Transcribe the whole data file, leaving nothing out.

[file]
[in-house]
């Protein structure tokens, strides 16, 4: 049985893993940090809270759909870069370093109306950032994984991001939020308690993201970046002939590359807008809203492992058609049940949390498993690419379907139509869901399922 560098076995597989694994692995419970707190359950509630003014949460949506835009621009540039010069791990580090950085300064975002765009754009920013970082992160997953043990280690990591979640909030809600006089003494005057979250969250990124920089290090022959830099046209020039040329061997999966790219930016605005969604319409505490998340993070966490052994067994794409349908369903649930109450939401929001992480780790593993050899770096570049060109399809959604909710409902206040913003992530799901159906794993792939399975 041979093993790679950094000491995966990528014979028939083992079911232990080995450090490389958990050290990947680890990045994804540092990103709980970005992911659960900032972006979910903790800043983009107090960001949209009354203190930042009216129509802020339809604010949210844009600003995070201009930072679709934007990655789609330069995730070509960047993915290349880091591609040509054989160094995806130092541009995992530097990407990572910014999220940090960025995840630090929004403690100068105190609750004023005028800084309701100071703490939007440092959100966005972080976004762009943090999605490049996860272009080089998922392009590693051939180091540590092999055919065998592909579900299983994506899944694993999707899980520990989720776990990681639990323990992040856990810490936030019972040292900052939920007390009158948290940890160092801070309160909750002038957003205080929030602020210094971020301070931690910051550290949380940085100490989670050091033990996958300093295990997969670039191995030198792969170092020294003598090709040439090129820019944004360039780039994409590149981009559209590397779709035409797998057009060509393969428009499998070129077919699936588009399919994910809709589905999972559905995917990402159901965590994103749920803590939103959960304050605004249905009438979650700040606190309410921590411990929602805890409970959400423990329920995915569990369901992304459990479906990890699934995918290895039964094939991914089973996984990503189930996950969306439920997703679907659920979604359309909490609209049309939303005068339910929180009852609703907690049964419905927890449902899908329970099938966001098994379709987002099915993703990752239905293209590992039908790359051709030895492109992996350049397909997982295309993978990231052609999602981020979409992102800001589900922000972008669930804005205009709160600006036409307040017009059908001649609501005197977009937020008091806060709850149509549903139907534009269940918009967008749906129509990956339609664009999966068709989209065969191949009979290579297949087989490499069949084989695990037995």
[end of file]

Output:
[in-house]
């Protein structure tokens, strides 16, 4: 049985893993940090809270759909870069370093109306950032994984991001939020308690993201970046002939590359807008809203492992058609049940949390498993690419379907139509869901399922 560098076995597989694994692995419970707190359950509630003014949460949506835009621009540039010069791990580090950085300064975002765009754009920013970082992160997953043990280690990591979640909030809600006089003494005057979250969250990124920089290090022959830099046209020039040329061997999966790219930016605005969604319409505490998340993070966490052994067994794409349908369903649930109450939401929001992480780790593993050899770096570049060109399809959604909710409902206040913003992530799901159906794993792939399975 041979093993790679950094000491995966990528014979028939083992079911232990080995450090490389958990050290990947680890990045994804540092990103709980970005992911659960900032972006979910903790800043983009107090960001949209009354203190930042009216129509802020339809604010949210844009600003995070201009930072679709934007990655789609330069995730070509960047993915290349880091591609040509054989160094995806130092541009995992530097990407990572910014999220940090960025995840630090929004403690100068105190609750004023005028800084309701100071703490939007440092959100966005972080976004762009943090999605490049996860272009080089998922392009590693051939180091540590092999055919065998592909579900299983994506899944694993999707899980520990989720776990990681639990323990992040856990810490936030019972040292900052939920007390009158948290940890160092801070309160909750002038957003205080929030602020210094971020301070931690910051550290949380940085100490989670050091033990996958300093295990997969670039191995030198792969170092020294003598090709040439090129820019944004360039780039994409590149981009559209590397779709035409797998057009060509393969428009499998070129077919699936588009399919994910809709589905999972559905995917990402159901965590994103749920803590939103959960304050605004249905009438979650700040606190309410921590411990929602805890409970959400423990329920995915569990369901992304459990479906990890699934995918290895039964094939991914089973996984990503189930996950969306439920997703679907659920979604359309909490609209049309939303005068339910929180009852609703907690049964419905927890449902899908329970099938966001098994379709987002099915993703990752239905293209590992039908790359051709030895492109992996350049397909997982295309993978990231052609999602981020979409992102800001589900922000972008669930804005205009709160600006036409307040017009059908001649609501005197977009937020008091806060709850149509549903139907534009269940918009967008749906129509990956339609664009999966068709989209065969191949009979290579297949087989490499069949084989695990037995």